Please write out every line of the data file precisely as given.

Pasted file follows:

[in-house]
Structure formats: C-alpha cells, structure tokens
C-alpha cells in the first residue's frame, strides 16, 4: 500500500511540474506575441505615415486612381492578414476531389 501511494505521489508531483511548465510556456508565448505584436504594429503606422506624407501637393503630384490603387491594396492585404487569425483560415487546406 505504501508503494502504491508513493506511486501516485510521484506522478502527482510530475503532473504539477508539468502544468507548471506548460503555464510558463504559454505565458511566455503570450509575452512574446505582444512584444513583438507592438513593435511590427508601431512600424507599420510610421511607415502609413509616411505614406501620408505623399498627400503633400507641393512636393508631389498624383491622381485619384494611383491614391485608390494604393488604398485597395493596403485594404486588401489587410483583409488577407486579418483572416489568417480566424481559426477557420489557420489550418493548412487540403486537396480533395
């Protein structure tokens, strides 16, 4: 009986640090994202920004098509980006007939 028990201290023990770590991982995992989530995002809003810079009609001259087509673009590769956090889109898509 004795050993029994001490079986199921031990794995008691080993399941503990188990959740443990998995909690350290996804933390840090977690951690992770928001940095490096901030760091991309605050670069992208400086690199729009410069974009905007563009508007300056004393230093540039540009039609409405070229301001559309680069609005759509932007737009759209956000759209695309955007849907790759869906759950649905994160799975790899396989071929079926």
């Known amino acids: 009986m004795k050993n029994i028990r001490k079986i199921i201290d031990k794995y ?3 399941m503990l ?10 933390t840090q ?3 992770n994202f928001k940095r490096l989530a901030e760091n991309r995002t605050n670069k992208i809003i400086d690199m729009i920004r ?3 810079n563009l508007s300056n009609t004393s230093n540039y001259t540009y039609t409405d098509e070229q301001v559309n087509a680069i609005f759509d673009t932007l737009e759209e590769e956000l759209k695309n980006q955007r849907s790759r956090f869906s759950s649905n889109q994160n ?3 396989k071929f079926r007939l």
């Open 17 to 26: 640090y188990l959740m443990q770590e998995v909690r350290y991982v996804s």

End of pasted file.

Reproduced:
[in-house]
Structure formats: C-alpha cells, structure tokens
C-alpha cells in the first residue's frame, strides 16, 4: 500500500511540474506575441505615415486612381492578414476531389 501511494505521489508531483511548465510556456508565448505584436504594429503606422506624407501637393503630384490603387491594396492585404487569425483560415487546406 505504501508503494502504491508513493506511486501516485510521484506522478502527482510530475503532473504539477508539468502544468507548471506548460503555464510558463504559454505565458511566455503570450509575452512574446505582444512584444513583438507592438513593435511590427508601431512600424507599420510610421511607415502609413509616411505614406501620408505623399498627400503633400507641393512636393508631389498624383491622381485619384494611383491614391485608390494604393488604398485597395493596403485594404486588401489587410483583409488577407486579418483572416489568417480566424481559426477557420489557420489550418493548412487540403486537396480533395
């Protein structure tokens, strides 16, 4: 009986640090994202920004098509980006007939 028990201290023990770590991982995992989530995002809003810079009609001259087509673009590769956090889109898509 004795050993029994001490079986199921031990794995008691080993399941503990188990959740443990998995909690350290996804933390840090977690951690992770928001940095490096901030760091991309605050670069992208400086690199729009410069974009905007563009508007300056004393230093540039540009039609409405070229301001559309680069609005759509932007737009759209956000759209695309955007849907790759869906759950649905994160799975790899396989071929079926």
């Known amino acids: 009986m004795k050993n029994i028990r001490k079986i199921i201290d031990k794995y ?3 399941m503990l ?10 933390t840090q ?3 992770n994202f928001k940095r490096l989530a901030e760091n991309r995002t605050n670069k992208i809003i400086d690199m729009i920004r ?3 810079n563009l508007s300056n009609t004393s230093n540039y001259t540009y039609t409405d098509e070229q301001v559309n087509a680069i609005f759509d673009t932007l737009e759209e590769e956000l759209k695309n980006q955007r849907s790759r956090f869906s759950s649905n889109q994160n ?3 396989k071929f079926r007939l």
């Open 17 to 26: 640090y188990l959740m443990q770590e998995v909690r350290y991982v996804s």